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How to Manage Gas Hazard Risks in Confined Spaces

Confined Space  |   April 30, 2024  |   Industrial Scientific

confined-spaces-workers-540x360The dangers lurking within confined spaces are well documented, with horror stories that often recount the tragic outcomes of routine maintenance gone awry. When an individual inside a confined space becomes unresponsive and a "hole watch" rushes in to assist, only to be overcome by the same lethal gas, we are reminded of the critical importance of adhering to proper safety protocols. OSHA estimates that confined spaces are responsible for about 200 deaths each year, and around 60 percent of which are would-be rescuers—people who, driven by instinct to aid a colleague, become victims themselves.

It's imperative that all workers receive thorough training before undertaking tasks in or around confined spaces. However, the reality is that not all work is executed under ideal conditions, nor is there always comprehensive knowledge of the potential gas hazards present.

To combat these real-world dangers, advancements in gas detection technology, such as area monitors equipped with enhanced communication capabilities, have been developed. These technological innovations are designed to ensure that alarms are not only audible and visible, but also provide clear information on the location and cause of the alarm. With the goal of reducing the number of would-be rescuer fatalities and unnecessary evacuations, these tools also enable a swifter emergency response from trained peers on-site, rather than depending on distant central controllers.

Managing Gas Hazards with Peer-to-Peer Communications

Traditionally, atmospheric testing within confined spaces has been conducted solely using handheld portable instruments. However, the introduction of area monitors with peer-to-peer wireless technology has the potential to significantly boost the efficiency and safety of operations requiring extended, continuous monitoring.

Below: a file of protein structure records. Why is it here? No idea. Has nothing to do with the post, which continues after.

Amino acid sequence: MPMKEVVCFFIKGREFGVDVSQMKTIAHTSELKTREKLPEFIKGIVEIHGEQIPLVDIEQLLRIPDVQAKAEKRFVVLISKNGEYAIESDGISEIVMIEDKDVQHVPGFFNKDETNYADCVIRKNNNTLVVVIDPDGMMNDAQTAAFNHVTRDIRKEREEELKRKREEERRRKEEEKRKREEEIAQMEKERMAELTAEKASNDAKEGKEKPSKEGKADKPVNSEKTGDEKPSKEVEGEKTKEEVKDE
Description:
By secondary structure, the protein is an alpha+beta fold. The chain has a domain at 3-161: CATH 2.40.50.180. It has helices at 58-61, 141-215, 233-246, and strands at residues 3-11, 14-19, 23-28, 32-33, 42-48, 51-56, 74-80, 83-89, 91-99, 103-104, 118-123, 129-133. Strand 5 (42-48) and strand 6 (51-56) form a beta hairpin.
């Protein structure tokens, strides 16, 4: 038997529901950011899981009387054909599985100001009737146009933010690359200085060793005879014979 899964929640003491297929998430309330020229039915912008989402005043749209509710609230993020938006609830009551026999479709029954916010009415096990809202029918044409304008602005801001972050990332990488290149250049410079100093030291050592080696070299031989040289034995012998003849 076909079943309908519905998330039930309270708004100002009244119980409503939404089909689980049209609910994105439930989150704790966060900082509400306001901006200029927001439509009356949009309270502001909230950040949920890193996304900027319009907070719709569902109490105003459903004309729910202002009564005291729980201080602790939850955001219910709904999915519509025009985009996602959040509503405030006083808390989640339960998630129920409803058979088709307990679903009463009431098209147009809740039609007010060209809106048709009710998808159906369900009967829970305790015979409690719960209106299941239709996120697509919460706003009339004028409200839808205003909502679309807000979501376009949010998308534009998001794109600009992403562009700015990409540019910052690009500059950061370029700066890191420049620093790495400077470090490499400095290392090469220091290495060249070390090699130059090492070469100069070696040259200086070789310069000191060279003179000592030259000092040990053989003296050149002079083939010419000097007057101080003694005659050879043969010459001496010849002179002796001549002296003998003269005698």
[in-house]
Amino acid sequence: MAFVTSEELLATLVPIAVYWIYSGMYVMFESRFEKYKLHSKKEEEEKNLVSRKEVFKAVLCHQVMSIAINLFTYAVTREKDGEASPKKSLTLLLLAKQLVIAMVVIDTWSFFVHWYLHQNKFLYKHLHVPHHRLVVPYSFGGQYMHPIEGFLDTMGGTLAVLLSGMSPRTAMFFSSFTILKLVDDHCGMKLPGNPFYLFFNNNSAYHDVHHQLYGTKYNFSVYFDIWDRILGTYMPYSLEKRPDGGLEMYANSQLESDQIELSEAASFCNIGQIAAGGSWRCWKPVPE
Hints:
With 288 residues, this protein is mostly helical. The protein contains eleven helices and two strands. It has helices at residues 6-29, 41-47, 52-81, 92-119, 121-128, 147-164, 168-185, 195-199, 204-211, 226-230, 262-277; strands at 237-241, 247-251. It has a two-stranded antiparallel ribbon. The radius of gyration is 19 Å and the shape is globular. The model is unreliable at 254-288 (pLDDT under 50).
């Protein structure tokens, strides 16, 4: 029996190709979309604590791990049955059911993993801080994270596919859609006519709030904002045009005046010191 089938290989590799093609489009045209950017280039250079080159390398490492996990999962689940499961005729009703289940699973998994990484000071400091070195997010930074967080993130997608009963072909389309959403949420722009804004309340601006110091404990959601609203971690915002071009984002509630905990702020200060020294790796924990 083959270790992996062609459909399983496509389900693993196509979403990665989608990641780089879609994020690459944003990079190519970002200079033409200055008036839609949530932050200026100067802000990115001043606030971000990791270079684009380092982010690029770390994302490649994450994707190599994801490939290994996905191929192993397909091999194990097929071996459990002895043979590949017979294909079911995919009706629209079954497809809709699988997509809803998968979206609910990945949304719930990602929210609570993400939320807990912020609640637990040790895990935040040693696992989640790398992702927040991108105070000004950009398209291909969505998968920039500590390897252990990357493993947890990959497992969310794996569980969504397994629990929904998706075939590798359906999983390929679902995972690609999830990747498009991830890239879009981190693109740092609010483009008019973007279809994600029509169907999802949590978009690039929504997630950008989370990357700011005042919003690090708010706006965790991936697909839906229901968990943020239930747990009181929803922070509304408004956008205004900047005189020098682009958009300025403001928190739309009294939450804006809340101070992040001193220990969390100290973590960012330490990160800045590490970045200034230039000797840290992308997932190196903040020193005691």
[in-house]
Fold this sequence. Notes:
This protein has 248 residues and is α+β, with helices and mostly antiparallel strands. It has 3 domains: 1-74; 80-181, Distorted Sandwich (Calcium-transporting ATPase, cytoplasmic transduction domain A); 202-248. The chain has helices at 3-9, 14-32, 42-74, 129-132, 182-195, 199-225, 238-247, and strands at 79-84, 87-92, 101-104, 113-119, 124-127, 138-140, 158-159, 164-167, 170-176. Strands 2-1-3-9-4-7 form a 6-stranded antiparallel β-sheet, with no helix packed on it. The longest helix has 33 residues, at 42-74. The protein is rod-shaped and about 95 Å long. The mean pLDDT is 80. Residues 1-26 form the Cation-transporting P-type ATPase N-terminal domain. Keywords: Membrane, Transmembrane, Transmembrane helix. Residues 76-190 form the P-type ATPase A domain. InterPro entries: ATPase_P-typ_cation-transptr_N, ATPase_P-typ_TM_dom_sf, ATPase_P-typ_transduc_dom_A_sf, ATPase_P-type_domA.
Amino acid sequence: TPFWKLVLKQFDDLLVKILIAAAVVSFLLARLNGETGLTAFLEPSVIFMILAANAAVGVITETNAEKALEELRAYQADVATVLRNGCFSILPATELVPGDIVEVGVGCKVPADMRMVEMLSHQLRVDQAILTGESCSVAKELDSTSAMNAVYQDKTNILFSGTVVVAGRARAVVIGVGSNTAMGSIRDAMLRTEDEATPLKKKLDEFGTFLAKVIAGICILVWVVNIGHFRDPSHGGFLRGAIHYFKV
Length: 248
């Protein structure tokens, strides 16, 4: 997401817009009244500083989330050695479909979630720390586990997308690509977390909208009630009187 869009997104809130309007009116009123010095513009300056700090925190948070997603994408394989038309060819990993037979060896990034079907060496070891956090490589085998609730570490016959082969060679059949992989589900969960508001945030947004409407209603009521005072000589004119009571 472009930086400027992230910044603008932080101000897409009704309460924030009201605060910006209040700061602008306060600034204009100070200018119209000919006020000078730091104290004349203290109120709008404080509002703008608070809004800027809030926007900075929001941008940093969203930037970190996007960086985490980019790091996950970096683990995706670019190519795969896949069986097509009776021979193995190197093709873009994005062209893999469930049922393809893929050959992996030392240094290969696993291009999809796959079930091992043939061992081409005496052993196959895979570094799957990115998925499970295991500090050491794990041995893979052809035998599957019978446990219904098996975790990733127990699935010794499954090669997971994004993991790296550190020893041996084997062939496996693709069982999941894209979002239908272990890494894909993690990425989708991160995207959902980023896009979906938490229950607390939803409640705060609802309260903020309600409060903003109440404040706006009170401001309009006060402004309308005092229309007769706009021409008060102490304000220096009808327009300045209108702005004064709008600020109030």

A peer-to-peer communication network wirelessly connects area monitors to personal gas monitors, enhancing worker safety by sharing real-time alarms and gas readings among connected devices. This network allows an attendant, like our "hole watch," to understand why a partner has become unresponsive without risking exposure themselves. Notably, peer-to-peer communications operate independently of external networks like cellular or satellite, ensuring reliable communication even within confined spaces.

Confined SpaceWhen it comes to monitoring multiple confined spaces, area monitors with peer-to-peer wireless capabilities shine. OSHA standards permit attendants to monitor several confined spaces simultaneously, given that they can effectively perform their duties for each space. Area monitors that feature large displays, clear alarms, and long run times can not only meet but exceed regulatory requirements. Adding wireless communication heightens the effectiveness and efficiency of safety protocols, allowing attendants to receive gas readings and alarm notifications from any connected instrument, thereby knowing precisely where an issue arises without being physically present.

This technology closes the gap for less experienced or untrained workers, as the area monitor communicates hazards loudly and clearly, reducing ambiguity and the need for interpretation. Different tones and flashing colors signify varying levels of alarms, ensuring the attendant can differentiate between high alarms, low alarms, and maintenance reminders.

Real-time area monitoring, particularly when integrated with a cloud-based platform like iNet, offers a comprehensive view of environmental conditions, advanced warnings, and quicker reaction capabilities. Constant data availability empowers management with the insights needed to enhance job safety.

Improving Your Confined Space Entry Plan

Despite the necessity for workers to enter confined spaces, the hazards they face must be carefully managed. A safe confined space monitoring strategy is a collaborative effort, requiring supervisors to ensure that workers are aware of the hazards, possess the necessary safety and communication tools, and receive proper training.

To manage gas hazards in confined spaces effectively, supervisors should:

  1. Plan: Complete risk and hazard assessments, determine required personal protective equipment, and select trained workers for the job.
  2. Test Atmosphere: Use gas monitors with remote sampling pumps for pre-entry testing and continuous monitoring during entry. This can include both personal gas monitors and portable area monitors.
  3. Communicate: Ensure attendants monitor and maintain communication with entrants in all confined spaces. By implementing peer-to-peer communication, you can automatically share gas readings and alarms, so all workers know when a peer needs help and what conditions they’re facing.

Ultimately, preventing tragedies associated with confined space work hinges on the use of gas detectors that can automatically share readings and alarms, informing all workers when assistance is needed and under what conditions.

For those responsible for managing confined spaces, it is crucial to regularly evaluate and update safety procedures to ensure they effectively alert workers to gas hazards. Consulting with gas detection experts can help in reviewing and improving your gas detection program, reinforcing your commitment to worker safety.